Tony Rominger

Switzerland

Born: 27 March, 1961, Velje, Denmark. Married.

1993 world ranking: 2.

Team: Mapei Clas.

Professional since: 1986.

First Tour de France: 1988.

Tour record: 1988 68th. 1990 57th. 1993 2nd; Mountains winner; three stage wins.

Best performances: Tour of Spain, 1st, 1992, 1993 and 1994. Tour of Lombardy, 1st, 1989 and 1992.

Prospects: This is his great chance of stopping Indurain's ride into history because of his strength in riding over the mountains and his stamina and speed in the time trials.

Gianni Bugno

Italy

Born: 14 Feb 1964, Brugg, Switzerland. Married.

1993 world ranking: 10.

Team: Polti.

Professional since: 1985.

First Tour de France: 1988.

Tour record: 1988 62nd; one stage win. 1989 11th. 1990 7th; two stage wins. 1991 2nd; one stage win. 1992, 3rd. 1993, 20th.

Best performances: Tour of Italy, 1st, 1990. World road race championship, 1st, 1991 and 92. Grand Prix San Sebastian, 1st, 1991. Wincanton Classic, 1st, 1990.

Prospects: He has the talent but apparently not the will to attack Indurain.

Claudio Chiappucci

Italy

Born: 28 Feb, 1963, Uboldo. Married.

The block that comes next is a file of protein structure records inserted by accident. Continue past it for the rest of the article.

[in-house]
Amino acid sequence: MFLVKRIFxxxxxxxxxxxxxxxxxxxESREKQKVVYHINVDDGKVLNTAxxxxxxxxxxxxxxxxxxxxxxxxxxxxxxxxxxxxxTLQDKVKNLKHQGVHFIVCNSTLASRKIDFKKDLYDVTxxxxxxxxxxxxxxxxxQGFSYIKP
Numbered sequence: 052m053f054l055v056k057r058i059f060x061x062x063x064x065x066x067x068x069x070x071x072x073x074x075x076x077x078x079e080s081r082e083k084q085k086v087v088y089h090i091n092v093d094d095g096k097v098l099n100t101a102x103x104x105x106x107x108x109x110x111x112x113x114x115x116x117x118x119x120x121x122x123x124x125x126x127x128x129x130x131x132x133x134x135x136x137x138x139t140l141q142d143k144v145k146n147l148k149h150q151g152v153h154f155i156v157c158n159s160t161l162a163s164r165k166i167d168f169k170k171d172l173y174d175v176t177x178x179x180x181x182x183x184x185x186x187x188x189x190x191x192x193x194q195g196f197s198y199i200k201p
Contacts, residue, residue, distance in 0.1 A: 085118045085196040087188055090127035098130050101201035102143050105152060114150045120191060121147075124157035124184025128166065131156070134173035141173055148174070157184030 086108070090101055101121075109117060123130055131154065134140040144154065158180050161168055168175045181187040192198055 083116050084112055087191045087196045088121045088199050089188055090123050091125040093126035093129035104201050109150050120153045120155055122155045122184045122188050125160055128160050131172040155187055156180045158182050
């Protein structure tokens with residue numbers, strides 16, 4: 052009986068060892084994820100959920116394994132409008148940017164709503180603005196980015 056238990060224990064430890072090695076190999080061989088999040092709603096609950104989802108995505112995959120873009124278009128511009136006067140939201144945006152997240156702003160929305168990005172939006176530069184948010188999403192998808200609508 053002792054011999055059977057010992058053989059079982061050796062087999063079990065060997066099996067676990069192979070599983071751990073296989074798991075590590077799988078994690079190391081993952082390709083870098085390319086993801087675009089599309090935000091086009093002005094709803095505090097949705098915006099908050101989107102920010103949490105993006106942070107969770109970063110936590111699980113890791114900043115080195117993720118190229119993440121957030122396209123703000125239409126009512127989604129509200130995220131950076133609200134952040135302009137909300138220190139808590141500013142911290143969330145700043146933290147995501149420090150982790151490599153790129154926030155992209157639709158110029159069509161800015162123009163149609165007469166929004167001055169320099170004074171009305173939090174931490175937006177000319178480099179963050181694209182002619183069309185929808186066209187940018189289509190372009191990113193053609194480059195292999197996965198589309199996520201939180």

1993 world ranking: 4.

Team: Carrera.

Professional since: 1985.

First Tour de France: 1989.

Tour record: 1989 81st. 1990 2nd. 1991 3rd; Mountains winner; one stage win. 1992 2nd; Mountains winner; one stage win. 1993 6th; one stage win.

Best performances: Tour of Italy, 2nd, 1991 and 92. Milan-San Remo, lst, 1991. Grand Prix San Sebastian, 1st, 1993.

Prospects: A weakness in time- trialling keeps this adventurous rider from the yellow jersey. But he never gives up as his Tour placings show.

Tour winners since 1974

1974 Eddy Merckx (Bel)

1975 Bernard Thevenet (Fr)

1976 Lucien Van Impe (Bel)

1977 Bernard Thevenet (Fr)

1978 Bernard Hinault (Fr)

1979 Bernard Hinault (Fr)

1980 Joop Zoetemelk (Neth)

1981 Bernard Hinault (Fr)

1982 Bernard Hinault (Fr)

1983 Laurent Fignon (Fr)

1984 Laurent Fignon (Fr)

1985 Bernard Hinault (Fr)

1986 Greg LeMond (US)

1987 Stephen Roche (Irl)

1988 Pedro Delgado (Sp)

1989 Greg LeMond (US)

1990 Greg LeMond (US)

1991 Miguel Indurain (Sp)

1992 Miguel Indurain (Sp)

1993 Miguel Indurain (Sp)

(Photograph omitted)